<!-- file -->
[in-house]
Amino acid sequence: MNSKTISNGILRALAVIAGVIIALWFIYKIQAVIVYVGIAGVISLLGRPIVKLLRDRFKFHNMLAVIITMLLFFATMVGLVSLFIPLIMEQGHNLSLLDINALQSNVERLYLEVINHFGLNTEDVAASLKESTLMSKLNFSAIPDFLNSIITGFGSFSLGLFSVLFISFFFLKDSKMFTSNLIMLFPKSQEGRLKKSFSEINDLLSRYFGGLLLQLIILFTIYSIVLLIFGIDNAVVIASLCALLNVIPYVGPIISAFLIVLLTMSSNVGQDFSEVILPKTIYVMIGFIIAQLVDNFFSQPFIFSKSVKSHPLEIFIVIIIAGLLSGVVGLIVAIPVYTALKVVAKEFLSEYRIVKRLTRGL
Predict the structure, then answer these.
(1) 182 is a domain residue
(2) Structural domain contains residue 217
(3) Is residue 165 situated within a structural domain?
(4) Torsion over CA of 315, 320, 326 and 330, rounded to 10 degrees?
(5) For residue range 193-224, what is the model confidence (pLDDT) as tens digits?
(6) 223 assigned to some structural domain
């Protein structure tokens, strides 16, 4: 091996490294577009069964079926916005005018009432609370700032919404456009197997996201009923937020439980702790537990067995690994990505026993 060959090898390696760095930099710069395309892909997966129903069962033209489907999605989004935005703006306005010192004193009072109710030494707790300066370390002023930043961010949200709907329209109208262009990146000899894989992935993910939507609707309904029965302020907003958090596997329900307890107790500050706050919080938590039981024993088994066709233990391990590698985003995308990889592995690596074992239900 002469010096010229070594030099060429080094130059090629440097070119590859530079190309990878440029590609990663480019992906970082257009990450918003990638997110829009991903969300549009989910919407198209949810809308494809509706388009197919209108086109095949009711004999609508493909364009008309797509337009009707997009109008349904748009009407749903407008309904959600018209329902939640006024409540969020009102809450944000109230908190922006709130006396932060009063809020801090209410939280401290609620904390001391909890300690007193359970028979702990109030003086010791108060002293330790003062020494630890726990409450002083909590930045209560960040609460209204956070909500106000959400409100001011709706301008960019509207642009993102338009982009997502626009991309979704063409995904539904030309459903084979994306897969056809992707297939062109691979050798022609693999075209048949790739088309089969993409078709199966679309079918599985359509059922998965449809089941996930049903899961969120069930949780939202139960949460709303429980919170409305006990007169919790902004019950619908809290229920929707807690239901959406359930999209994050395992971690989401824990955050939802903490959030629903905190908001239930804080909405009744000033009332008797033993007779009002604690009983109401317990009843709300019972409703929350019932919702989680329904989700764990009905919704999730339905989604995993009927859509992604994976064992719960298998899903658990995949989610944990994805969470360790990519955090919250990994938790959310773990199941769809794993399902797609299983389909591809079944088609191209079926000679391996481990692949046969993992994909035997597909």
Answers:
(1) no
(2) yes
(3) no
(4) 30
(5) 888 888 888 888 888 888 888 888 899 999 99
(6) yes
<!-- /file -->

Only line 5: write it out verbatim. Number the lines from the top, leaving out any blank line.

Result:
(2) Structural domain contains residue 217